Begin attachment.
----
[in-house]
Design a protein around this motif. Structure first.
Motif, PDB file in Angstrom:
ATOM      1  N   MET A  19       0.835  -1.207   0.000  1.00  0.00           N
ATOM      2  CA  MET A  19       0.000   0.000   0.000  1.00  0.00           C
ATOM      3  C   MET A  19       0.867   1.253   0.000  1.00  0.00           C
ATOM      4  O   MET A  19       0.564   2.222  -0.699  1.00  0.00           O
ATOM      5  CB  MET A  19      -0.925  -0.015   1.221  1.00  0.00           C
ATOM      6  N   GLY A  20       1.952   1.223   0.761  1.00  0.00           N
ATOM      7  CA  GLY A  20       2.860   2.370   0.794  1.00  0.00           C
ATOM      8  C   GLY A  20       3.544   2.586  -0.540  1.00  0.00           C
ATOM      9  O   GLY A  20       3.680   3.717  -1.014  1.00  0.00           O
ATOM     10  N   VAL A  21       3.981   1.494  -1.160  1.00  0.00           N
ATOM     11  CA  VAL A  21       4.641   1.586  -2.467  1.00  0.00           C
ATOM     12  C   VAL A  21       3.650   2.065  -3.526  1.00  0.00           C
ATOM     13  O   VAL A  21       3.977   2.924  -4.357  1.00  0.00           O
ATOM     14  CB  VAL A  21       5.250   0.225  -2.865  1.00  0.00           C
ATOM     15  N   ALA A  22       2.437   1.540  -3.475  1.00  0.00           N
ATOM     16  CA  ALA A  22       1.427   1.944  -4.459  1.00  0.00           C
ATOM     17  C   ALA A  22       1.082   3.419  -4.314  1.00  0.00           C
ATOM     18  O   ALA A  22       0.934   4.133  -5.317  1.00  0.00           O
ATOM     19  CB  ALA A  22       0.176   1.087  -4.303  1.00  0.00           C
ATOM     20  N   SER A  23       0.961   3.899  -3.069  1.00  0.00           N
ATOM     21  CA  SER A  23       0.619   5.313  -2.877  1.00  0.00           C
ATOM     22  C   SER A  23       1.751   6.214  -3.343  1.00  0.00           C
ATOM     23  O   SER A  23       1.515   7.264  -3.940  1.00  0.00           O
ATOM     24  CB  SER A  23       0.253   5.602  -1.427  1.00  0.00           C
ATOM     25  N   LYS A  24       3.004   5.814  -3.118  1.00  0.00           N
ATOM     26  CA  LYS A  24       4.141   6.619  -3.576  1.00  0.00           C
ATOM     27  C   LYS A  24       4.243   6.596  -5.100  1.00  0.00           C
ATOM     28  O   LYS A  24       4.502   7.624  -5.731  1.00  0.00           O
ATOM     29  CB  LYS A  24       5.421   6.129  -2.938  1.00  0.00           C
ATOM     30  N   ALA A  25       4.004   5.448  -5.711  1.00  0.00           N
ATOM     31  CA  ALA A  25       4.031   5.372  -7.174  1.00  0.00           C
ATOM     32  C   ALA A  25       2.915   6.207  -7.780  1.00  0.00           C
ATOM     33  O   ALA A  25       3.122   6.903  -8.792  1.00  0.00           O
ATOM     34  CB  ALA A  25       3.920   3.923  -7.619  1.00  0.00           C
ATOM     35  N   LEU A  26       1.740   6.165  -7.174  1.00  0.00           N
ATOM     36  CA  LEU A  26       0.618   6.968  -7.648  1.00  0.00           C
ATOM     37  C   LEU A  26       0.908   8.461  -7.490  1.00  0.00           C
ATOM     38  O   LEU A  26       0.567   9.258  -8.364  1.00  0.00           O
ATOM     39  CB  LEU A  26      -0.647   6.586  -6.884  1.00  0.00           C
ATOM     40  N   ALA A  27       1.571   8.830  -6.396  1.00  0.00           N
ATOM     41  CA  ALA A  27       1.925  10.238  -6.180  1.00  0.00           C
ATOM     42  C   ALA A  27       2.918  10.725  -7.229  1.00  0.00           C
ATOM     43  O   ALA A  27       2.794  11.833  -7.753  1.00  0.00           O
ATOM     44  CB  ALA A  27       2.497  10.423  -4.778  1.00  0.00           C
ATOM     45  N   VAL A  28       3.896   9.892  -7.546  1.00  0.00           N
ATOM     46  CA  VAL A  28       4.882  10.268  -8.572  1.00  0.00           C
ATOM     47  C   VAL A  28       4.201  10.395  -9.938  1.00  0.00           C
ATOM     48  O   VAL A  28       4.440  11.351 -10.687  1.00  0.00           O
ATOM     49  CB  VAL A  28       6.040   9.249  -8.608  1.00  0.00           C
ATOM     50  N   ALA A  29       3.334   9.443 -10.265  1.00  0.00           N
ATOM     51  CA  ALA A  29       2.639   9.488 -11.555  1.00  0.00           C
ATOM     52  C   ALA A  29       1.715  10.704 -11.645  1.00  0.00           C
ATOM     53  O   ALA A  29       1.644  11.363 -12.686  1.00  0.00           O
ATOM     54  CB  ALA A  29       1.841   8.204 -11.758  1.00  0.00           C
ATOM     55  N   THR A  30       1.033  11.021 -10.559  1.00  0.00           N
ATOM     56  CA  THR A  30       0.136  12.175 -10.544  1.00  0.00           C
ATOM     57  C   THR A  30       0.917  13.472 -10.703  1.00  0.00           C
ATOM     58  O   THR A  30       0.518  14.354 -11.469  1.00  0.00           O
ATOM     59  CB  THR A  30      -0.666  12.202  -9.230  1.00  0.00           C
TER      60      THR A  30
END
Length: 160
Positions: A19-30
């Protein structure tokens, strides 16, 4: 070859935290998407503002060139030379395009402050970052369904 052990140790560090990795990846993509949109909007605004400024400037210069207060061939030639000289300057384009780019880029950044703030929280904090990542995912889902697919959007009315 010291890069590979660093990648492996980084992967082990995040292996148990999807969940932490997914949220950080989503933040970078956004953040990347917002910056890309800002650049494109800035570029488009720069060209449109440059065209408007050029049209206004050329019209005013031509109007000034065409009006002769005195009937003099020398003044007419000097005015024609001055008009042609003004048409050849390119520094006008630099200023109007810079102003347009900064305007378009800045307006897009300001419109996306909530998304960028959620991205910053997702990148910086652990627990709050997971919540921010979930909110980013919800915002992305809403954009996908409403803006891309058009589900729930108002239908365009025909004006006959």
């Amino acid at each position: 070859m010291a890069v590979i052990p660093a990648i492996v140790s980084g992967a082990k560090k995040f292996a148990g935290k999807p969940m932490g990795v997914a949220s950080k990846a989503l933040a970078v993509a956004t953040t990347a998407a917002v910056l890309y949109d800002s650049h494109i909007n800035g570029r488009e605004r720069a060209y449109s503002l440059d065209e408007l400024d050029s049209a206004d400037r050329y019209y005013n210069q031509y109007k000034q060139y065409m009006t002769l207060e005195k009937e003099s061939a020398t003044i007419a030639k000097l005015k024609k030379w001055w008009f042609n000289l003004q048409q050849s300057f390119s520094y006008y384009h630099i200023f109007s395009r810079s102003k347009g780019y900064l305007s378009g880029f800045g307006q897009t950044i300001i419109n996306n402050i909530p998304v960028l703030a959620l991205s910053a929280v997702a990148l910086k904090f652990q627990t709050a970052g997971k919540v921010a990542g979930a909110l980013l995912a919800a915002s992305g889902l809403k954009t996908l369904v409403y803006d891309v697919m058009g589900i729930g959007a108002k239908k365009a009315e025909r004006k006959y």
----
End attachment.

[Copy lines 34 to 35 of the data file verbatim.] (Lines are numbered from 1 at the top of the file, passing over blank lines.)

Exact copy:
ATOM     31  CA  ALA A  25       4.031   5.372  -7.174  1.00  0.00           C
ATOM     32  C   ALA A  25       2.915   6.207  -7.780  1.00  0.00           C